3 Big Reasons To Fill Out The FAFSA (Even If You Think You Earn Too Much)

Casey Bond
It's been about 10 years since I set foot on a college campus, and boy, thingshave changed a lot since then

It’s been about 10 years since I set foot on a college campus, and boy, things have changed a lot since then. But one thing that definitely hasn’t? The Free Application for Federal Student Aid ― FAFSA for short ― is still a pain to complete.

Yet it’s definitely worth taking the time to fill out, even if you think it’s a waste of time.

One-quarter of families don’t complete the FAFSA, according to Sallie Mae’s 2018 How America Pays for College survey. Of those that don’t fill it out, 48 percent say it’s because they don’t believe they’ll qualify for financial aid.

But they’re often wrong: An analysis by NerdWallet found that in 2017, students left an estimated $2.3 billion in federal financial aid on the table by not filling out the FAFSA.

So if you’re waffling over whether you should bother filling out a FAFSA, here are three major reasons to do it.

1. You might be eligible for more than you realize.

According to Elaine Rubin, senior contributor and communications specialist at private student loan marketplace Edvisors, most Americans are eligible for some type of federal aid. In fact, it’s available to anyone with a household income below $250,000 per year, CNBC reported.

The assumption that your parents earn too much could leave you short when it comes to covering college costs. For example, according to the NerdWallet study, more than half of the high school grads who didn’t submit a FAFSA would have qualified for Pell Grants. The maximum award amount for that upcoming school year was $5,920.

“You never know what you’ll be eligible for,” said Sabrina Manville, co-founder of college comparison site Edmit. “Given how high tuition is these days, even a family who has solid financial standing can have a gap between their [estimated family contribution] and the cost of attendance.”

Manville noted that some schools might be more generous with aid than others, so where you attend college might make a difference. Plus, there are also non-income factors that determine financial aid eligibility, such as whether siblings are attending college at the same time, that can significantly lower your Expected Family Contribution (EFC).

2. Not all financial aid is need-based.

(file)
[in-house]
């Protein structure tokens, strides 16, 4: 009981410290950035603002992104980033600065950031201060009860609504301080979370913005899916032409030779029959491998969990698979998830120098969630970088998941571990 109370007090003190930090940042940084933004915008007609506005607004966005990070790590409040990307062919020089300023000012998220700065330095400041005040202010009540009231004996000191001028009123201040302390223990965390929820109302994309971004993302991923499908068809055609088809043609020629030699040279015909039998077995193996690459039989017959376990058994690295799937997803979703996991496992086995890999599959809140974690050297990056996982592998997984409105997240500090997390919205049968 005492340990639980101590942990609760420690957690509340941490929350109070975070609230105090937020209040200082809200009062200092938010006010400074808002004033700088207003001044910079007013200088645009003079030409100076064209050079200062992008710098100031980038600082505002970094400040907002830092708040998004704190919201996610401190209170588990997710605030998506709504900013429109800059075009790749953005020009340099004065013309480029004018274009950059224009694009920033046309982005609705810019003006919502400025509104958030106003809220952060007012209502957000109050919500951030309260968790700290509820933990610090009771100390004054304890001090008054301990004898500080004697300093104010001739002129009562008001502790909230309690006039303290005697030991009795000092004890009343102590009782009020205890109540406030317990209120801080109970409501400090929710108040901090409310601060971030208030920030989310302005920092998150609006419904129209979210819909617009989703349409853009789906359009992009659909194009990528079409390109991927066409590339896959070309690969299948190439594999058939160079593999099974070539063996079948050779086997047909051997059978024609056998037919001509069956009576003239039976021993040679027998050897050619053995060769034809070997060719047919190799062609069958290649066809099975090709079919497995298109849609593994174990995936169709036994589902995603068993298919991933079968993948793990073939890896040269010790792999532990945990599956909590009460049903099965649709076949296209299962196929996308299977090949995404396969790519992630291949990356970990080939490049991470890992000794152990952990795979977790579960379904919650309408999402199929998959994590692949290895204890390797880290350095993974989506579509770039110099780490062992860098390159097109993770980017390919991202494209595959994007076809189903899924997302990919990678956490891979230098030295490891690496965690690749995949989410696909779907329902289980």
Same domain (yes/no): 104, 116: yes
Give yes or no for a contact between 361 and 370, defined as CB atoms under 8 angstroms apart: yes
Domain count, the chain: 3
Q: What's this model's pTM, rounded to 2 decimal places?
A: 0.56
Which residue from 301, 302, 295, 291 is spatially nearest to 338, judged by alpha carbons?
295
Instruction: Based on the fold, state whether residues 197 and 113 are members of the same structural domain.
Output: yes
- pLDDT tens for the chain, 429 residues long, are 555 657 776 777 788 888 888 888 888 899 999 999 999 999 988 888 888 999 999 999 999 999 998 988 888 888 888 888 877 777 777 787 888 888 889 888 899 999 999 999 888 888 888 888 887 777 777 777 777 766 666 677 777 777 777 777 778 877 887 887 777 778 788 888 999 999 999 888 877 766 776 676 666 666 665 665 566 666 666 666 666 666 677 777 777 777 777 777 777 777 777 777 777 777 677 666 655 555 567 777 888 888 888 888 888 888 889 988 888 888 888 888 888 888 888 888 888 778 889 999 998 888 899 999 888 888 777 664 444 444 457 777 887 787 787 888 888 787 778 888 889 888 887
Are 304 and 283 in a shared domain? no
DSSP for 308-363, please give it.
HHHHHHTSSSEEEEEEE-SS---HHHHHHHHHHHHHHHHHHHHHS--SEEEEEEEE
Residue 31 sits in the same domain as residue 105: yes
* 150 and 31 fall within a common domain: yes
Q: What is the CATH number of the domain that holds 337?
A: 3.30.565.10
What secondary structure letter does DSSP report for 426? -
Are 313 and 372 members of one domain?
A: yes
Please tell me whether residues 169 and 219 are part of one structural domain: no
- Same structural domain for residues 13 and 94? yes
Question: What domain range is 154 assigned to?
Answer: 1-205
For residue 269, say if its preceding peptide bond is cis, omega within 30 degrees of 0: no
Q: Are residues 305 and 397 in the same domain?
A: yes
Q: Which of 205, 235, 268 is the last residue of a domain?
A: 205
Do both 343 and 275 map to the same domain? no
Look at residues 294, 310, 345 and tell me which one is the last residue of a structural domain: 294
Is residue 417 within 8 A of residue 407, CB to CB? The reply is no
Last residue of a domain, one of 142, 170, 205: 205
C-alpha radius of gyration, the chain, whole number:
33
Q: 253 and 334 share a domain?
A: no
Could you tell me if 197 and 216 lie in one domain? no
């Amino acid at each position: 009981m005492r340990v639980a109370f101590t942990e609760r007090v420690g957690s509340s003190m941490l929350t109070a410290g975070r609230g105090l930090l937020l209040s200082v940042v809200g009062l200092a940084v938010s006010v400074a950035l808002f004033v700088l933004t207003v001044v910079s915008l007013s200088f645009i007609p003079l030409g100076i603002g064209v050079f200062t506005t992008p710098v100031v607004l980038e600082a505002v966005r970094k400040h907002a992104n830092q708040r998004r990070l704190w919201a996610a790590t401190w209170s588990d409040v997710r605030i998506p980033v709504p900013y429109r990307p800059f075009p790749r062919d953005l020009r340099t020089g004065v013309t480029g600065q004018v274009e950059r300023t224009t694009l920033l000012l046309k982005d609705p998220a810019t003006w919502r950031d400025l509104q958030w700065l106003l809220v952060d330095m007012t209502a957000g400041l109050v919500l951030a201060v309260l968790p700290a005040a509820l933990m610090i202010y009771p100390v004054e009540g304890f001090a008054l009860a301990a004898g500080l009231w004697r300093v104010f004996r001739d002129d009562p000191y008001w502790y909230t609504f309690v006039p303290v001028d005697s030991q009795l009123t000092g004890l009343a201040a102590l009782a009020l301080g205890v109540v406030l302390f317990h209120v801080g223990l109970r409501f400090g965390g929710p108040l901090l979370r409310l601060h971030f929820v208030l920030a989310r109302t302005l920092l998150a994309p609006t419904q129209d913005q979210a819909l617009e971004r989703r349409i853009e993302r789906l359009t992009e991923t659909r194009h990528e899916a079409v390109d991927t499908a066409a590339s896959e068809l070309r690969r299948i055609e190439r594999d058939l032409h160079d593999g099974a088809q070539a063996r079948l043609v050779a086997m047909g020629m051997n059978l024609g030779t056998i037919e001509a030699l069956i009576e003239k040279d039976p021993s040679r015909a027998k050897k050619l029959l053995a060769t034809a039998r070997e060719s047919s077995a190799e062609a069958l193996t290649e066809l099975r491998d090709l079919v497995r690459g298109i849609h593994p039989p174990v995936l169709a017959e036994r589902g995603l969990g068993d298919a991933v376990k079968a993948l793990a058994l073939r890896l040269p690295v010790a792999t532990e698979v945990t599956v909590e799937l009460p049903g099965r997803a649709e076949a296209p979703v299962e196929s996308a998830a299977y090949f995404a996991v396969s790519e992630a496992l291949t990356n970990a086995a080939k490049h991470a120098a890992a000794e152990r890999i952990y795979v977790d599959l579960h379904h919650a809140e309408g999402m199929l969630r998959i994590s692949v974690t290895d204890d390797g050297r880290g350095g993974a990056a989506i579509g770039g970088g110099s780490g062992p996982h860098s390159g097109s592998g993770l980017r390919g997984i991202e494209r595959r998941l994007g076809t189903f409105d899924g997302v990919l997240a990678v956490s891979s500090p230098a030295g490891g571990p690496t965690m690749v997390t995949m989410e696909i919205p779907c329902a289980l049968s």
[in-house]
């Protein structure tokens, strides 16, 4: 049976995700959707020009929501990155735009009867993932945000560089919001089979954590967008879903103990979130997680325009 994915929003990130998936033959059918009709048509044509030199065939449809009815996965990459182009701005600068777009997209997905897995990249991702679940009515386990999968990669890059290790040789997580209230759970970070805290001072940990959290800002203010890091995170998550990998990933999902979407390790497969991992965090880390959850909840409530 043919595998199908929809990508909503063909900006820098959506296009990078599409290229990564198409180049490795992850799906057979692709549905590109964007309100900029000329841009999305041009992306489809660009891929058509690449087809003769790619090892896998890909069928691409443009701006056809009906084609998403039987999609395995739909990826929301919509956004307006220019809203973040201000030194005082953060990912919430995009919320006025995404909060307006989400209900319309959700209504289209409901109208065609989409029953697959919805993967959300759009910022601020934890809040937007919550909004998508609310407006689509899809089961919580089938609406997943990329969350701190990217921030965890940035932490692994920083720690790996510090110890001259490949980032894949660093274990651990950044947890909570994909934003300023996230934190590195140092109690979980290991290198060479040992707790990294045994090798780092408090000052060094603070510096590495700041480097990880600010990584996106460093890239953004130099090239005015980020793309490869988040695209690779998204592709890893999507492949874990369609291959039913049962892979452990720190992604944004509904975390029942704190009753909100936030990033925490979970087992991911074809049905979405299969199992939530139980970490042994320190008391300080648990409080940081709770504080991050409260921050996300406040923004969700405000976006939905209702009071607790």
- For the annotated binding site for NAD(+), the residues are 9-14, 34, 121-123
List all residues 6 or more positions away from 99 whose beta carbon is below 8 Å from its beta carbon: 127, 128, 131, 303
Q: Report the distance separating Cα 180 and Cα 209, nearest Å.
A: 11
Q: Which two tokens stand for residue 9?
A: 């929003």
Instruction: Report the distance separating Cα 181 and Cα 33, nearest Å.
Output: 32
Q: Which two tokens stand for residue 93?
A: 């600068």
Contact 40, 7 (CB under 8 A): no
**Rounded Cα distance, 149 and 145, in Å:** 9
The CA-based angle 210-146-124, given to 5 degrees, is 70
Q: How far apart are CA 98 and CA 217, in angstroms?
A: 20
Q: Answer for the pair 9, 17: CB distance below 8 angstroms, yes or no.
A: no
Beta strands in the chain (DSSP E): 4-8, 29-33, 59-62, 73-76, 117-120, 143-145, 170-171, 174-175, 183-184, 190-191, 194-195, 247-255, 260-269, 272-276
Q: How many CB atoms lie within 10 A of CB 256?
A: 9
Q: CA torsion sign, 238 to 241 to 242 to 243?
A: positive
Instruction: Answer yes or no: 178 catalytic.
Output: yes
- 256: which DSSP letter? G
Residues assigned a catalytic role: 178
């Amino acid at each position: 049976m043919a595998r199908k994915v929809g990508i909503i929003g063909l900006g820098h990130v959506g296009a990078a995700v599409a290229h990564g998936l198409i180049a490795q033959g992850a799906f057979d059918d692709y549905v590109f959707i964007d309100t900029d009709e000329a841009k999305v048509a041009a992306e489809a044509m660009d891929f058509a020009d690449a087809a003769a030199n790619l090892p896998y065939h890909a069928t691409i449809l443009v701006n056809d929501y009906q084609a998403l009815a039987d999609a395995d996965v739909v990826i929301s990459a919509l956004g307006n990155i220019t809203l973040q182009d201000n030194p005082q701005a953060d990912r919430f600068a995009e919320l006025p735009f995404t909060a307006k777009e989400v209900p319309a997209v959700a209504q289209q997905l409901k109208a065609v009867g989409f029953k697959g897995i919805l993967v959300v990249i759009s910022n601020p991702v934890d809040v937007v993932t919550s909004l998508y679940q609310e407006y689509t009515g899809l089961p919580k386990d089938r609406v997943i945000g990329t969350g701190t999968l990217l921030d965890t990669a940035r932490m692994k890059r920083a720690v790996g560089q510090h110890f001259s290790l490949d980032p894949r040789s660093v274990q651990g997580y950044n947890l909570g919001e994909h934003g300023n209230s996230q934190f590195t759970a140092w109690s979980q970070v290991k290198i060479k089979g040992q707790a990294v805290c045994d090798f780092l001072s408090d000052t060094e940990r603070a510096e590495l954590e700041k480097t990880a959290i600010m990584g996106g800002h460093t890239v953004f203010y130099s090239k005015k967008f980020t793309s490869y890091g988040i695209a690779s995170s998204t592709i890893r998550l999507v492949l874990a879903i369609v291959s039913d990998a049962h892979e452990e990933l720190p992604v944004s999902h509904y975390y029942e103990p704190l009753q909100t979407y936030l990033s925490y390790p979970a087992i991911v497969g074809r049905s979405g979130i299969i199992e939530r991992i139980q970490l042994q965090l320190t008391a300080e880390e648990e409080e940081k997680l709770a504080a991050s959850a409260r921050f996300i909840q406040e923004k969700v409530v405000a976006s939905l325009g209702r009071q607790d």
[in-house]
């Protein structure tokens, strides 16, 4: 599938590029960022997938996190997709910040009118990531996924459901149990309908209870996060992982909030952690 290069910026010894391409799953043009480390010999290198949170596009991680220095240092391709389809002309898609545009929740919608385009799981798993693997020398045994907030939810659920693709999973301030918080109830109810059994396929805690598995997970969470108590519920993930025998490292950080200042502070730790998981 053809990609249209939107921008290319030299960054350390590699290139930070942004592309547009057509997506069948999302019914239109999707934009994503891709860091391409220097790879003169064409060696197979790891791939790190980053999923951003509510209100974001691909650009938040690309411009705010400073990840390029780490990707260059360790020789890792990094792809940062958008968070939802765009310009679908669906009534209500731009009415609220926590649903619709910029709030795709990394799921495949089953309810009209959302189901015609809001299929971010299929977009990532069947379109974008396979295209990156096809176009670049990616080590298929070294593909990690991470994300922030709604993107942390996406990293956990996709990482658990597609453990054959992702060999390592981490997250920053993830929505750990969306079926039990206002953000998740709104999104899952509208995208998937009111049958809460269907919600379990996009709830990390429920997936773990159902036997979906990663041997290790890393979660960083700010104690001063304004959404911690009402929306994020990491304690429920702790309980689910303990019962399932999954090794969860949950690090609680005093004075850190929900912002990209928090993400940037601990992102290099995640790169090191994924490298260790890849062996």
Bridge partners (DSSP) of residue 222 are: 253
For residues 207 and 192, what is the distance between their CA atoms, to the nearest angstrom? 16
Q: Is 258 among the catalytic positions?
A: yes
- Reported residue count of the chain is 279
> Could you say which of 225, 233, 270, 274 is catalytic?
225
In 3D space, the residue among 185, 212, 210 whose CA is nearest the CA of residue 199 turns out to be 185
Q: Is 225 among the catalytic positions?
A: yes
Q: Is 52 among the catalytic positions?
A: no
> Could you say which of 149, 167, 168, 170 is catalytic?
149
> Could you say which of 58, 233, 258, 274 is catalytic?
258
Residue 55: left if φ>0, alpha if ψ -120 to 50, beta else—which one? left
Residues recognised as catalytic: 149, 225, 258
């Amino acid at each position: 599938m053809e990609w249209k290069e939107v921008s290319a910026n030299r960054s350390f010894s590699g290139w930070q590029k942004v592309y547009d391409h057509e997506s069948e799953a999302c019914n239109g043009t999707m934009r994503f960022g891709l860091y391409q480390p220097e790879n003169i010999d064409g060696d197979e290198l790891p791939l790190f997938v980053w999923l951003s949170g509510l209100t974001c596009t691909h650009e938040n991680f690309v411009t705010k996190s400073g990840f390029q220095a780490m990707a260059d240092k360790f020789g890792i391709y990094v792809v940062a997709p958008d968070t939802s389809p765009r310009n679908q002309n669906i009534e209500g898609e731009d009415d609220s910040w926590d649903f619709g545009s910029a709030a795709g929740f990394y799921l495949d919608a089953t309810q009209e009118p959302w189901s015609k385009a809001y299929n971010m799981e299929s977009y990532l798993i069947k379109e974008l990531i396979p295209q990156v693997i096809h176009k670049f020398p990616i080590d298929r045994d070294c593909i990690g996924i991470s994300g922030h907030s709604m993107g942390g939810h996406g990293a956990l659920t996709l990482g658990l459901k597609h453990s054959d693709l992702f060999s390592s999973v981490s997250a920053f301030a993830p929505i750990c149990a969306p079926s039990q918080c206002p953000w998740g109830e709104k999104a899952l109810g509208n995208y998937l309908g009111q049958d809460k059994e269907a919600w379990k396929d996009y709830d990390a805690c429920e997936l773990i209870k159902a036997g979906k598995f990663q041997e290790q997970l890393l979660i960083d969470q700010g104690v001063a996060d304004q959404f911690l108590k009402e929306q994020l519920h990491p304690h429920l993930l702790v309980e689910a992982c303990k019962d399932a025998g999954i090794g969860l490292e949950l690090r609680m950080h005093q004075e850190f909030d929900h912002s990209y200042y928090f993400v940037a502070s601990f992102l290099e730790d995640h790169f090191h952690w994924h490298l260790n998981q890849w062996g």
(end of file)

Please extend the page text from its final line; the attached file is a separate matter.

Financial aid is often thought of as something reserved for students with lower incomes. But that’s just one type of aid. Plenty of scholarshipsgrants and other types of financial assistance are awarded based on factors other than financial need.

For example, some aid is merit-based. That means it’s awarded for high academic, athletic or artistic performance, as well as other special skills or interests; think scholarships for graduating at the top of your class or crushing it on the volleyball team. “Many universities require all applicants to submit FAFSA information in order to be considered for merit aid,” Manville said. “In those cases, a higher EFC will not be a disadvantage.” 

And the FAFSA isn’t only for federal aid. “States and institutions also use the information provided on the FAFSA to award financial aid, and the criteria to award need and non-need based aid can be different,” Rubin said.

If you don’t fill out the FAFSA, you could miss out on scholarships and grants that other organizations offer.

3. FAFSA is the key to other types of aid, too.

Beyond scholarships and grants, there are other types of financial aid available to students who fill out the FAFSA.

For example, you must submit a FAFSA to qualify for federal student loans. Though they’re not free aid (in other words, you have to pay them back), Manville pointed out that federal loans often have lower interest rates and will qualify for special loan forgiveness or repayment programs that are not available for private loans. The same is true if your parents plan to help finance college; you’ll need to submit a FAFSA for them to apply for a Parent PLUS loan.

Additionally, you might qualify for a federal work-study program, which lets you earn money toward your college costs by working part-time as a tutor, researcher, computer lab technician and more. Money earned through a work-study job is excluded from the EFC calculation since it’s considered financial aid, according to Rubin. “This could be a reason why a federal work-study job may be advantageous over an outside part-time job,” she said.

So why pay more for college than you have to? Regardless of how much money your family has, there’s probably some type of financial aid out there waiting for you. Don’t let it go to waste.

This story is part of the series “How To Afford A Teenager,” supported by Relay. All content with the “supported by” label is editorially independent.

  • This article originally appeared on HuffPost.